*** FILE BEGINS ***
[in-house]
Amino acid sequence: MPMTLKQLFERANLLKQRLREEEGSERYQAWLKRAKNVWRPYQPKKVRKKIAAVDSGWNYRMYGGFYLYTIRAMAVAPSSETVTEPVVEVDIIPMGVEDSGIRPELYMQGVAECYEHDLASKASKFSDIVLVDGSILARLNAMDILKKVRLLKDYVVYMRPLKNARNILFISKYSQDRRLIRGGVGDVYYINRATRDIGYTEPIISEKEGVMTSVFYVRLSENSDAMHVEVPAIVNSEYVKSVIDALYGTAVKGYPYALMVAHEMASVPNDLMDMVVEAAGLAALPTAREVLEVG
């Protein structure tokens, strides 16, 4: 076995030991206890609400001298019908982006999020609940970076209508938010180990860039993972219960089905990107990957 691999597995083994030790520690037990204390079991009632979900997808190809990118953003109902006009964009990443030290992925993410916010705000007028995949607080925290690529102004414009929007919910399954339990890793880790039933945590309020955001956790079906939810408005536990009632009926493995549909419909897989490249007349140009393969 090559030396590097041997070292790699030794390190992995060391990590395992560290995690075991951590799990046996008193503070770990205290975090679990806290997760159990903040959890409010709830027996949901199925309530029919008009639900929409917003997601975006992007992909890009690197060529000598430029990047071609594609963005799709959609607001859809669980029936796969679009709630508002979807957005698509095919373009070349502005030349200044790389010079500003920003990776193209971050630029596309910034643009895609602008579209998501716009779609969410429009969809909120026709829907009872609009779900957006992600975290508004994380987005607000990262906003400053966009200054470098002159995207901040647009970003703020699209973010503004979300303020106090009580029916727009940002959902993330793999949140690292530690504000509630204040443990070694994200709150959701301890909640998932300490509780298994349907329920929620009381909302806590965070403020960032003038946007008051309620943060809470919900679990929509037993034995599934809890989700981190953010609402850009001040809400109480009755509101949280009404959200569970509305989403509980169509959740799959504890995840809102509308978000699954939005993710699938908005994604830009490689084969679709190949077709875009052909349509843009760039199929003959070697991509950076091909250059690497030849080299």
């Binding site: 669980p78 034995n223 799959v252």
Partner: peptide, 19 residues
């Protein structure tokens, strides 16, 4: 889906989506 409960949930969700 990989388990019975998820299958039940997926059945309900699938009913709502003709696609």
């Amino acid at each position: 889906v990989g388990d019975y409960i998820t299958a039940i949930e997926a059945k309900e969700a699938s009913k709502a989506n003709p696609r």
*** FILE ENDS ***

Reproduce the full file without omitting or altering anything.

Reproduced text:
[in-house]
Amino acid sequence: MPMTLKQLFERANLLKQRLREEEGSERYQAWLKRAKNVWRPYQPKKVRKKIAAVDSGWNYRMYGGFYLYTIRAMAVAPSSETVTEPVVEVDIIPMGVEDSGIRPELYMQGVAECYEHDLASKASKFSDIVLVDGSILARLNAMDILKKVRLLKDYVVYMRPLKNARNILFISKYSQDRRLIRGGVGDVYYINRATRDIGYTEPIISEKEGVMTSVFYVRLSENSDAMHVEVPAIVNSEYVKSVIDALYGTAVKGYPYALMVAHEMASVPNDLMDMVVEAAGLAALPTAREVLEVG
């Protein structure tokens, strides 16, 4: 076995030991206890609400001298019908982006999020609940970076209508938010180990860039993972219960089905990107990957 691999597995083994030790520690037990204390079991009632979900997808190809990118953003109902006009964009990443030290992925993410916010705000007028995949607080925290690529102004414009929007919910399954339990890793880790039933945590309020955001956790079906939810408005536990009632009926493995549909419909897989490249007349140009393969 090559030396590097041997070292790699030794390190992995060391990590395992560290995690075991951590799990046996008193503070770990205290975090679990806290997760159990903040959890409010709830027996949901199925309530029919008009639900929409917003997601975006992007992909890009690197060529000598430029990047071609594609963005799709959609607001859809669980029936796969679009709630508002979807957005698509095919373009070349502005030349200044790389010079500003920003990776193209971050630029596309910034643009895609602008579209998501716009779609969410429009969809909120026709829907009872609009779900957006992600975290508004994380987005607000990262906003400053966009200054470098002159995207901040647009970003703020699209973010503004979300303020106090009580029916727009940002959902993330793999949140690292530690504000509630204040443990070694994200709150959701301890909640998932300490509780298994349907329920929620009381909302806590965070403020960032003038946007008051309620943060809470919900679990929509037993034995599934809890989700981190953010609402850009001040809400109480009755509101949280009404959200569970509305989403509980169509959740799959504890995840809102509308978000699954939005993710699938908005994604830009490689084969679709190949077709875009052909349509843009760039199929003959070697991509950076091909250059690497030849080299």
């Binding site: 669980p78 034995n223 799959v252």
Partner: peptide, 19 residues
């Protein structure tokens, strides 16, 4: 889906989506 409960949930969700 990989388990019975998820299958039940997926059945309900699938009913709502003709696609």
């Amino acid at each position: 889906v990989g388990d019975y409960i998820t299958a039940i949930e997926a059945k309900e969700a699938s009913k709502a989506n003709p696609r």